New England Soccer Today

Five Things We Learned: Revolution at Montreal

Ryan Guy made a strong case for more playing time in Wednesday’s 2-1 loss to Montreal. (Photo: Kari Heistad/

No one ever said that mid-week games – especially those on the road – were easy.

On Wednesday, the Revolution proved the truth of that axiom in Montreal. And many of their troubles were self-inflicted.

Whether it was the disheveled form in the final third, the continued struggles on attacking set pieces, or the lack of discipline in the defending third, the Revolution have no one to blame but themselves for Wednesday’s 2-1 loss.

While the loss to Toronto could’ve been chalked up to simple chance – a cold Shalrie Joseph positioned in the vicinity of Luis Silva before his game-winning strike – Wednesday’s loss to the expansion Impact was a well-deserved defeat.

So what else did we glean from Wednesday evening’s proceedings at Stade Saputo?

1. It doesn’t matter what formation Jay Heaps uses game-to-game. The results will remain the same until the execution improves. There’s no question Heaps likes to tinker with the formation. Whether it’s Saer Sene out wide as a right-sided midfielder, Ryan Guy as a second striker, or even Benny Feilhaber has a defensive mid, you can’t fault the first year head coach for not keeping it interesting. But in the wake of the team’s last two losses – against the second-worst (Toronto) and worst (Montreal) defenses in the league, no less – it really doesn’t matter how many guys are in the midfield or where the heck Sene is. If you don’t execute in the most crucial areas of the field, the results aren’t likely to change no matter what formation is used.

2. Matt Reis did just enough to keep the starting keeper’s spot…for now. Perhaps one of the biggest questions surrounding the starting XI was whether Heaps would go with Bobby Shuttleworth for a third straight game, or defer to the seasoned Reis for the road matchup. In the end, experience won out. Even though the move made sense on paper, the fact is Reis wasn’t exactly lights out. Sure he made some critical clearances and saves in the second half. And yes, he looked stronger on corners this time around. But there were still moments of miscommunication with his backline. It could also be argued that he was slow to position himself at the post on Nyassi’s game-winning volley. Sure, it wasn’t the worst night of Reis’ career. But he didn’t exactly make the strongest statement to stay in the starting XI.

3. Right now, Ryan Guy is the better option over Kelyn Rowe in the starting XI. In his last two games, the rookie midfielder has all but shown why he shouldn’t be in the starting XI. In the Red Bulls game, he all but disappeared from the match after the opening whistle (although he did manage to reappear in the 89th minute on a challenge with Ryan Meara, which drew a curious a one-game suspension). Against the Impact, Rowe reverted to the same uninvolved form. On the other hand, Guy, in his first game since May 26, energized the attack early with good runs. Granted, his passing in the final third could’ve been better. But, he didn’t hesitate to show for his teammates, especially on the attack. Was it as memorable as his two-goal performance in Chicago last year? Not at all. But on the whole, he was far more effective than the invisible rookie on Wednesday.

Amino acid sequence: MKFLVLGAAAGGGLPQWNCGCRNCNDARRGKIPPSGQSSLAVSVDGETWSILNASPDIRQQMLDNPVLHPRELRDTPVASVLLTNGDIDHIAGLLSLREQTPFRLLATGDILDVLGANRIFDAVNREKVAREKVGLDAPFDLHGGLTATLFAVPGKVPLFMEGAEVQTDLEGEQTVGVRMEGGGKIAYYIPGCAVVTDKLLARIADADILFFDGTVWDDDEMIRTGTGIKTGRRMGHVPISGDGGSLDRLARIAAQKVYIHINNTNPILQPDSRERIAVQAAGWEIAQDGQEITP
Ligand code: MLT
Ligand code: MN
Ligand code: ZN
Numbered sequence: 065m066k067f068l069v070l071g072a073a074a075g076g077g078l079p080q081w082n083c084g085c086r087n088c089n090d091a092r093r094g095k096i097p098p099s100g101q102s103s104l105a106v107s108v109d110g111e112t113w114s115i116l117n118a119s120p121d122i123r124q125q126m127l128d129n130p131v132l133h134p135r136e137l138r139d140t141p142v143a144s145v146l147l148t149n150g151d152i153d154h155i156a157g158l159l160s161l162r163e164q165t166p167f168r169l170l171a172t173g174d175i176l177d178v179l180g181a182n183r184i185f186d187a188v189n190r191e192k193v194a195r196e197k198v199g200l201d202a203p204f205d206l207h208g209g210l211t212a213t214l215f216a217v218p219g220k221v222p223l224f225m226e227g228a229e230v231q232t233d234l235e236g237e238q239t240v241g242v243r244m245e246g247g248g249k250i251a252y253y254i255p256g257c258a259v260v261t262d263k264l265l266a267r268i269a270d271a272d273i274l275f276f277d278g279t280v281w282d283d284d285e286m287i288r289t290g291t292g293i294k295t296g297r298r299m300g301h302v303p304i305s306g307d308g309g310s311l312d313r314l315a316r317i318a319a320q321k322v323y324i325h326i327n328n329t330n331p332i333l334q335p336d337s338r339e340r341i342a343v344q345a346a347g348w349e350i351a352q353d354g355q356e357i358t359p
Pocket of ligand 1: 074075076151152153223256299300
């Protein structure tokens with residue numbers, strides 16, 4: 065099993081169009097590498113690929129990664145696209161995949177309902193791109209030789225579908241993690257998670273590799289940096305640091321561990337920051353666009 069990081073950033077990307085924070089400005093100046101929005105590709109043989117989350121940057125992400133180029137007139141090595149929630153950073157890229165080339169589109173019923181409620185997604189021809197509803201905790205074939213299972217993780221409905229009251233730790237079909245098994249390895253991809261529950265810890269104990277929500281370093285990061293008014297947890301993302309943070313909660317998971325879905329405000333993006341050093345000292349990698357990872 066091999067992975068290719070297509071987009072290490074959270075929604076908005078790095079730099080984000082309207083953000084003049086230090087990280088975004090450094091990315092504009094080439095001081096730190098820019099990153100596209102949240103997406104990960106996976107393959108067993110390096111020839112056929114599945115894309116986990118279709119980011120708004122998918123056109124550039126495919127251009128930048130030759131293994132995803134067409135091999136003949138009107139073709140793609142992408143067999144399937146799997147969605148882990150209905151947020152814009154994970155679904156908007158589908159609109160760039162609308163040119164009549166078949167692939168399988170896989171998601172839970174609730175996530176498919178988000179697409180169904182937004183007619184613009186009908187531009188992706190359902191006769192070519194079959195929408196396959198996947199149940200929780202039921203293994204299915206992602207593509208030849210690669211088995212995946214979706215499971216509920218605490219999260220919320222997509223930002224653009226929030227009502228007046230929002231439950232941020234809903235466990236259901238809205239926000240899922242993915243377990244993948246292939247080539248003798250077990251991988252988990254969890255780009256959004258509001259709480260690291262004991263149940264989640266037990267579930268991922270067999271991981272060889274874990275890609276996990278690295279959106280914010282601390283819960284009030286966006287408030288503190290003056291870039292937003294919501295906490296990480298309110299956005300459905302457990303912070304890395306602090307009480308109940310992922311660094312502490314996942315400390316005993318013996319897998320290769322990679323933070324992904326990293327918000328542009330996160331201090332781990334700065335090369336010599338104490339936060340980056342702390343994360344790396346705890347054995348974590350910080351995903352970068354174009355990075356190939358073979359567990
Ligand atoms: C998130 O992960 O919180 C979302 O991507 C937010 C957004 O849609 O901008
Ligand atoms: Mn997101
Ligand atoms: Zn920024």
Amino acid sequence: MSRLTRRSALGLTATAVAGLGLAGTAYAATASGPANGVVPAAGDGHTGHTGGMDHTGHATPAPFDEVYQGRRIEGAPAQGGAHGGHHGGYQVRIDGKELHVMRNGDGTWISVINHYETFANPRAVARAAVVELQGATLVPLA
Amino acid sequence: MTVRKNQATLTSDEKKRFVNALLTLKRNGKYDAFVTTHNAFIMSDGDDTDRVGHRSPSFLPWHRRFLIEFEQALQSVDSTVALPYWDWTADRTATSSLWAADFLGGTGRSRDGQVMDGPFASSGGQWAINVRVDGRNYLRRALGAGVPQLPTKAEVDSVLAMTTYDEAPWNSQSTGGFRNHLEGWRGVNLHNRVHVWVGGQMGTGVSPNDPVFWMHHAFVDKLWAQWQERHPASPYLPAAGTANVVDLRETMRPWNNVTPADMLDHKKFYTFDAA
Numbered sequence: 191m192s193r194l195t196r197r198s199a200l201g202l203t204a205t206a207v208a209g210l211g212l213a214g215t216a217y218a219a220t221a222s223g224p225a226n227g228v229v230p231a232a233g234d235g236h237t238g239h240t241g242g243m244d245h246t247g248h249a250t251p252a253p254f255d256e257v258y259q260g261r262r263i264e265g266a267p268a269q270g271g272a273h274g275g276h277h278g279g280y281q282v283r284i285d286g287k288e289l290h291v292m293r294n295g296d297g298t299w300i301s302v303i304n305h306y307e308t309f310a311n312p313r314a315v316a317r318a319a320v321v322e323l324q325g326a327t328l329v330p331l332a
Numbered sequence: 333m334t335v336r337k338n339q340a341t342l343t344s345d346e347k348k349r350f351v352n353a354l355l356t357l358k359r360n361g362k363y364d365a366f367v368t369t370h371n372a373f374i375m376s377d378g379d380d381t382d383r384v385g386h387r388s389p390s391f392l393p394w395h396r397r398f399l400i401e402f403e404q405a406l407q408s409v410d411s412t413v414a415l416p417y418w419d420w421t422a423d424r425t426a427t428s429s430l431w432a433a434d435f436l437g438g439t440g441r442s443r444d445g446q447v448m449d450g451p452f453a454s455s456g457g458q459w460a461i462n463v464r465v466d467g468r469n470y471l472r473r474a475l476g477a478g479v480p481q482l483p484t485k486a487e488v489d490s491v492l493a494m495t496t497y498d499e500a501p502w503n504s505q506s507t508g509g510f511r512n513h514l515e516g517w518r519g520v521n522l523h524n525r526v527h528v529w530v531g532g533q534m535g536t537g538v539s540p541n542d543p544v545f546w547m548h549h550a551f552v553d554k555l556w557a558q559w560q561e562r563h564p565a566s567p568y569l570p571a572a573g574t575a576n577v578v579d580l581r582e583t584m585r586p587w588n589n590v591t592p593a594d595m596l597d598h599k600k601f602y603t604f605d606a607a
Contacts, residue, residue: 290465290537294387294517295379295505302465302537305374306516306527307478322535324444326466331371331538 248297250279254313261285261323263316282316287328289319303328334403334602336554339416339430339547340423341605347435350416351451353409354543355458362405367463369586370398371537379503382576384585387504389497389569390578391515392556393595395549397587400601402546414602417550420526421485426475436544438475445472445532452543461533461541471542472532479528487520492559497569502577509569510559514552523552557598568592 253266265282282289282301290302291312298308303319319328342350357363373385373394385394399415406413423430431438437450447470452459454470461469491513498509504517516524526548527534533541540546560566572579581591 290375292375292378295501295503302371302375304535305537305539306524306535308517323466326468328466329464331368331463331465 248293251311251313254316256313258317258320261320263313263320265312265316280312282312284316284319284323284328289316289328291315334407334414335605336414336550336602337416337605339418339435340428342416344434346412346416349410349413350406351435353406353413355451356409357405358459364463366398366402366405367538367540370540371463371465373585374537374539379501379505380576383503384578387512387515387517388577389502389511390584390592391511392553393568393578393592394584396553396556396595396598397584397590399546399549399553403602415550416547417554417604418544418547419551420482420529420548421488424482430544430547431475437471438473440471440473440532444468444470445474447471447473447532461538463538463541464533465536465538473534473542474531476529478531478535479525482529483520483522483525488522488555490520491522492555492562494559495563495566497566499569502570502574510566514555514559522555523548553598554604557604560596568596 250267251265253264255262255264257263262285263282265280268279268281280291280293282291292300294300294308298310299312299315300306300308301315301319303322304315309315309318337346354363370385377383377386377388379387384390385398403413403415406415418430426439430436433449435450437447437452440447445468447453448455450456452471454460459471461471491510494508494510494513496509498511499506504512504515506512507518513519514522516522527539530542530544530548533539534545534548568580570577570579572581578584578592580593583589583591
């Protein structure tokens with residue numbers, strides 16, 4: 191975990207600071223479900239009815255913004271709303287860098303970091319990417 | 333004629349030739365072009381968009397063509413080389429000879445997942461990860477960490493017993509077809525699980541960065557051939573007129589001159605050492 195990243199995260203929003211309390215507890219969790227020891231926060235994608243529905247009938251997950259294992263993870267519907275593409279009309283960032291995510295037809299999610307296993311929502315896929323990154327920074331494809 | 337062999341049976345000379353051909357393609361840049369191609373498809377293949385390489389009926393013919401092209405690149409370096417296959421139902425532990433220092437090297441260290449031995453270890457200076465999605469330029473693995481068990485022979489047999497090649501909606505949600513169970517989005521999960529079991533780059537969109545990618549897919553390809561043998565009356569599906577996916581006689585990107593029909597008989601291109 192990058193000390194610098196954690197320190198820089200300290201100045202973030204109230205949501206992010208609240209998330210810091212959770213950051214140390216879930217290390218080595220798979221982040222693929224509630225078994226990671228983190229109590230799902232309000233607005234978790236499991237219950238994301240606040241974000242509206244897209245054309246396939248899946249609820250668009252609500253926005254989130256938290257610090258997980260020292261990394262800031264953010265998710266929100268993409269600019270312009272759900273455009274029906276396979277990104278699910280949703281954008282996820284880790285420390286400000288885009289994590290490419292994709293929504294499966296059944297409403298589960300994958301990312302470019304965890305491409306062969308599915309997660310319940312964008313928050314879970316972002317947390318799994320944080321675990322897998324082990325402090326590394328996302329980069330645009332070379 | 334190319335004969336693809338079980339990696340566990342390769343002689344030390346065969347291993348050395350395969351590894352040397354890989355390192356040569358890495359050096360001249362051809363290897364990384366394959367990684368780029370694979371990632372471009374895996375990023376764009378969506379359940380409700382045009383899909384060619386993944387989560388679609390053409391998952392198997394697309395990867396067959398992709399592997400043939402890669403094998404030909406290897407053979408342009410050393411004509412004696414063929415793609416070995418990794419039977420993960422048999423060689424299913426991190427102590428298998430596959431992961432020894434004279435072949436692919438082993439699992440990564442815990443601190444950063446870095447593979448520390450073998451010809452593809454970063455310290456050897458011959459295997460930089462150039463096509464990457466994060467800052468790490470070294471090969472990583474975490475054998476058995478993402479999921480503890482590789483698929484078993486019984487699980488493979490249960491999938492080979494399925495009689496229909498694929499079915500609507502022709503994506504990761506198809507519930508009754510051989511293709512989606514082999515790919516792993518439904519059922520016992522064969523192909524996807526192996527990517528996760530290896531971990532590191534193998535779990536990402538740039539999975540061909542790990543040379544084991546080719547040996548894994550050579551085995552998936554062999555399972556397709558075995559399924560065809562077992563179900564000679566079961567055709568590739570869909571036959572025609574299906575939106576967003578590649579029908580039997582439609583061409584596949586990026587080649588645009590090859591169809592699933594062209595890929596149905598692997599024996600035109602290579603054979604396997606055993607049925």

4. There’s no doubt that the skill has improved from last year’s squad. But the Revolution need to channel some of the toughness seen in 2011 to beat teams on the road in 2012. Talk to anyone who survived last year’s dismal 2011 campaign, and most will tell you that, despite the 6-9-4 record, the 2012 version has been an entertaining team to watch. The talent? Improved. The passing? Better. The energy? Unmistakable. Despite all that, the Revolution are too often pushed around by lesser teams, as seen in their last two games. On a number of occasions, they’re shoved out of the way, or chopped down below the knees. While Shalrie Joseph has gladly assumed the role of enforcer over the years, he shouldn’t be the only one dishing out the punishment – within reason, of course. Last year, it seemed as if everyone was gunning to win the red card sweepstakes. And while it’s encouraging to see the team playing smarter and sharper this season, it wouldn’t hurt to see a few players bring some grittiness to the table, especially on the road.

5. For all the grief Chris Tierney and Benny Feilhaber get for their set piece service, they’re definitely not being helped by their teammates in the area. Yes, it was difficult to watch corner after corner and free kick after free kick go unanswered against Toronto. But during Wednesday’s match, the service from Tierney and Lee Nguyen provided some decent opportunities from the corner flag had the Revolution been stronger in the box. Whether it was Saer Sene getting out-muscled or Blake Brettschneider’s questionable positioning, the Revolution personnel inside the 18 were getting beat to the ball time after time – and by Montreal’s league-worst defensive corps. The fact is, there are three important aspects to winning the aerial battle. One: positioning. And too many times, the positioning on dead ball situations hasn’t been great. Two: seeing the ball and anticipating its trajectory. At this level, there’s no excuse for not taking good angles on outswingers and inswingers. Three: the so-called will to win it. In recent weeks, the tape has shown that the Revolution attackers hasn’t wanted it enough to win the battles in front of the net.


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